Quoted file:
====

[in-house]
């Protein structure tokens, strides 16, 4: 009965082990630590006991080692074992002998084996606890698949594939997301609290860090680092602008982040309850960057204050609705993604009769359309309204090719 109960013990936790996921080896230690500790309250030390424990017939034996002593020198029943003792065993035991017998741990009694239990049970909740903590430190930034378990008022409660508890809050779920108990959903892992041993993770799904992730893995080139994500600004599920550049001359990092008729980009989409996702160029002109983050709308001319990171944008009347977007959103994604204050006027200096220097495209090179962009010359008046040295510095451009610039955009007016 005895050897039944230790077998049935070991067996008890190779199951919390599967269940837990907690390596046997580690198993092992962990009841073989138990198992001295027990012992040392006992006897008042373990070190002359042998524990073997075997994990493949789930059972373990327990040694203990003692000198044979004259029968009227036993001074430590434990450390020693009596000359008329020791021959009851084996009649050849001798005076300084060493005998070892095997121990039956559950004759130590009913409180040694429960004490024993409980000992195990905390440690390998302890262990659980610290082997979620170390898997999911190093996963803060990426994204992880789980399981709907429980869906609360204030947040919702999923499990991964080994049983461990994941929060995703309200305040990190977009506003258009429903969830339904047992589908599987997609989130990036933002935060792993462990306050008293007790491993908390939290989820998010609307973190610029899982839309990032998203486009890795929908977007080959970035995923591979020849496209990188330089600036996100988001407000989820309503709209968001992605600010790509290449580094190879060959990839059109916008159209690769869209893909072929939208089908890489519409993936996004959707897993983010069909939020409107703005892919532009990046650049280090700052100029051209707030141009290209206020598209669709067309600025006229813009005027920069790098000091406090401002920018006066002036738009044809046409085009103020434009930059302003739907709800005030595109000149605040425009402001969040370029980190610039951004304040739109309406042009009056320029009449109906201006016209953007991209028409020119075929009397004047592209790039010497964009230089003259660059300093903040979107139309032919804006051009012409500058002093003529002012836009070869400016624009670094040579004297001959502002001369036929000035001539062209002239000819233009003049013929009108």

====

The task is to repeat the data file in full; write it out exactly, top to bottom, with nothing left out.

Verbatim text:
[in-house]
């Protein structure tokens, strides 16, 4: 009965082990630590006991080692074992002998084996606890698949594939997301609290860090680092602008982040309850960057204050609705993604009769359309309204090719 109960013990936790996921080896230690500790309250030390424990017939034996002593020198029943003792065993035991017998741990009694239990049970909740903590430190930034378990008022409660508890809050779920108990959903892992041993993770799904992730893995080139994500600004599920550049001359990092008729980009989409996702160029002109983050709308001319990171944008009347977007959103994604204050006027200096220097495209090179962009010359008046040295510095451009610039955009007016 005895050897039944230790077998049935070991067996008890190779199951919390599967269940837990907690390596046997580690198993092992962990009841073989138990198992001295027990012992040392006992006897008042373990070190002359042998524990073997075997994990493949789930059972373990327990040694203990003692000198044979004259029968009227036993001074430590434990450390020693009596000359008329020791021959009851084996009649050849001798005076300084060493005998070892095997121990039956559950004759130590009913409180040694429960004490024993409980000992195990905390440690390998302890262990659980610290082997979620170390898997999911190093996963803060990426994204992880789980399981709907429980869906609360204030947040919702999923499990991964080994049983461990994941929060995703309200305040990190977009506003258009429903969830339904047992589908599987997609989130990036933002935060792993462990306050008293007790491993908390939290989820998010609307973190610029899982839309990032998203486009890795929908977007080959970035995923591979020849496209990188330089600036996100988001407000989820309503709209968001992605600010790509290449580094190879060959990839059109916008159209690769869209893909072929939208089908890489519409993936996004959707897993983010069909939020409107703005892919532009990046650049280090700052100029051209707030141009290209206020598209669709067309600025006229813009005027920069790098000091406090401002920018006066002036738009044809046409085009103020434009930059302003739907709800005030595109000149605040425009402001969040370029980190610039951004304040739109309406042009009056320029009449109906201006016209953007991209028409020119075929009397004047592209790039010497964009230089003259660059300093903040979107139309032919804006051009012409500058002093003529002012836009070869400016624009670094040579004297001959502002001369036929000035001539062209002239000819233009003049013929009108």